Cleaning My DIRTIEST PC! Phanteks P600S 4 Months Later
Well hello good people, I’m Dmitri and I’ve had the P600S case from Phanteks for about 4 months now as the enclosure for my main production machine. It’s been on for at least eight hours a day for 4 months, so it has gotten a lot of air flow through it, and one of the main concerns from people about this enclosure has been dust accumulation over time because of this whole fabric performance mesh at the front and the top. Now, I initially wanted to place my ThreadRipper system inside the P600S but unfortunately this case does not support EATX motherboards, which is what my ThreadRipper system is all about. So instead, let me show you how I clean my system and see exactly how dirty it has gotten on the interior and what has happened with the fabric mesh and all the dust filters.
All right, so the first thing I will say is just how happy I am with that exterior performance mesh. Surprisingly it has not been clogged up by dust particles and its condition is almost the same as Day 1. However, I will say the second layer of this performance fabric is slightly more gray than before, but a quick pass of the vacuum cleans it up. It turns out that it’s the front dust filter that has accumulated a lot of that dust in the past four months, and it’s really only during this sort of analysis that I can appreciate a quality dust-proof design. Not only is the filter flush against the frame, meaning nothing gets through the sides, but both panels have these rubber seals to close off any potential dust entrance via smaller openings.
For airflow I’ve got two fans installed at the front and that is evident by the dust gradient – which looks hilarious – and again I’m surprised that not more of these fine particles are stuck to the more coarse performance mesh at the front. I vacuum up the dust filter, but due to the really fine nature of the threading, I’d recommend washing the filter as well to remove anything that wasn’t picked up by the suction. Now we’re basically back to Day 1 cleanliness on this front panel.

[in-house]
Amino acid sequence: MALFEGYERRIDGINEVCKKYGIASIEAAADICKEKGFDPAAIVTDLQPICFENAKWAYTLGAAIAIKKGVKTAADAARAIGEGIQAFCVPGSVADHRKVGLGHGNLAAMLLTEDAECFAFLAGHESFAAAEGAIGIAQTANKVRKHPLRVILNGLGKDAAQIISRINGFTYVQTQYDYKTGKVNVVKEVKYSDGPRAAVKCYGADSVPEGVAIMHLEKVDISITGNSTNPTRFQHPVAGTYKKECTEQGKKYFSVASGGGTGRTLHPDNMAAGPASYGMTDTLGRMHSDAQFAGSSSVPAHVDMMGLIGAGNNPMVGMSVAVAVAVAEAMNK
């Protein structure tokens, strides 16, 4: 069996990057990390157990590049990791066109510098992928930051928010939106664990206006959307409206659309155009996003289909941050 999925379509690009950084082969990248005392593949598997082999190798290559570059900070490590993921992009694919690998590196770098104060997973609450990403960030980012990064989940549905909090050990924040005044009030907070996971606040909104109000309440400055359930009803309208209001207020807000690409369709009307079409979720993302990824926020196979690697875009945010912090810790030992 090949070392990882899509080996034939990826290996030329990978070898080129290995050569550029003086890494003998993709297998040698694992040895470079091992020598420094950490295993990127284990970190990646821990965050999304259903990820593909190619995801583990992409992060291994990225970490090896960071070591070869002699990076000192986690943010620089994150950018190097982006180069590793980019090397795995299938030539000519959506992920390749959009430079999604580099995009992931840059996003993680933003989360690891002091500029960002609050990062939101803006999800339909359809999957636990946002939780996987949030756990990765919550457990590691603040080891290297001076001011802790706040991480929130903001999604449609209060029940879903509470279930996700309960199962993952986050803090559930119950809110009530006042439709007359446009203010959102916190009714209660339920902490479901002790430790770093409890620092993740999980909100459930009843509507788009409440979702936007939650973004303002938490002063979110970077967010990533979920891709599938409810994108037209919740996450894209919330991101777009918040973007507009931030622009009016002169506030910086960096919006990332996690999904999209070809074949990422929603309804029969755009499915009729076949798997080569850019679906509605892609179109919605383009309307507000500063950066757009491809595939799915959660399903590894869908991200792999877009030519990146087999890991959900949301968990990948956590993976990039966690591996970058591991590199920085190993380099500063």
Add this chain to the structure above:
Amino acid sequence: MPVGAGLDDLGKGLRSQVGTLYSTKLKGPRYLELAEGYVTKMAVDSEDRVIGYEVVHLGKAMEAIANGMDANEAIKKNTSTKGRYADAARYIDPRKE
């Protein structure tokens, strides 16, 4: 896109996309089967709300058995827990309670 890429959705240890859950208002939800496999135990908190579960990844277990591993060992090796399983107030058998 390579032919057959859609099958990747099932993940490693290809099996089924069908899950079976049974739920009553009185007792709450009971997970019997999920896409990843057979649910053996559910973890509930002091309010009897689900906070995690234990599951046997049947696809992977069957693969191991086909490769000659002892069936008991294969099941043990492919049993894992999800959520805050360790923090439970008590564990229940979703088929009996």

The fan blades obviously collect dust as well and it’s a good indication of how much dust is penetrating the front filter. I vacuum the bigger stuff carefully and the clean up each blade with the damp paper towel. I’m actually a bit surprised just how dirty things have gotten in just four months. If that is an indication of how clean my space is, then my space is not very clean at all.
Now moving inside, the dust adventures continue with a thin layer on the PSU shroud and about the same on top of the GPU that might settle through the top mesh or get sucked through the expansion slots. Although the back of the case is very clean, so I don’t think the GPU fans are sucking in all that dust. Also, the rear fan is much cleaner than the front ones. Now to clean this I use a damp microfiber cloth and that is something that you should avoid doing because of the static that it might create. However, mine was wet and I navigate carefully.
What surprised me the most however is how dirty the radiator was, almost to the same extent as the front desk filter. And yes, I have used this all-in one-cooler in another machine for about two weeks but it spent the majority of its time inside the P600S and that is really alarming. It looks like whatever dust finds its way inside the case is sucked through the topics sauced which is why it gets so clogged up instead of it coming through the rear. The best way to clean the rad fins is not with the vacuum cleaner like I’m doing here but with a pressurized air can. It looks like because I’m exhausting air through the top instead of sucking it in the mesh there is also surprisingly clean, despite all that settling dust. And the last thing I do is find a sweep with my manual air blower a to pick up any particles around the pump and the GPU, and now my system is fully cleaned up inside and out.
It shouldn’t a surprise that the front-panel dust accumulation and the clogged up radiator were massive airflow bottleneck as we’re now running 10°C cooler on the CPU at load after the cleanup. Removing a lot of the dust particles from the radiator and the front-panel has also lowered the noise profile of the system. When the fans are running at full speed it’s now much quieter. I’m guessing that there’s less turbulence and that the airflow is just exiting and entering without too much restriction. To be honest, I was expecting the front mesh and the top mesh to be completely full of dust, but I’m guessing a lot of the dust just goes right through based on the design of the threading of that performance mesh and a lot of the dust is being caught by the actual dust filter instead. Nevertheless, I was not expecting such a drastic CPU temperature difference. It’s a good reminder to periodically clean your system so that it runs cleaner and cooler.
And now I have to be thinking about my ThreadRipper system and what case I should choose for the EATX motherboard. I wish that the P600S supported a larger motherboard size, but sadly it doesn’t. I want to prepare for eventual return back to AMD, so why don’t we decide this together? What should be my next case for my monster ThreadRipper system that is waiting to chew through DaVinci Resolve and some games as well.
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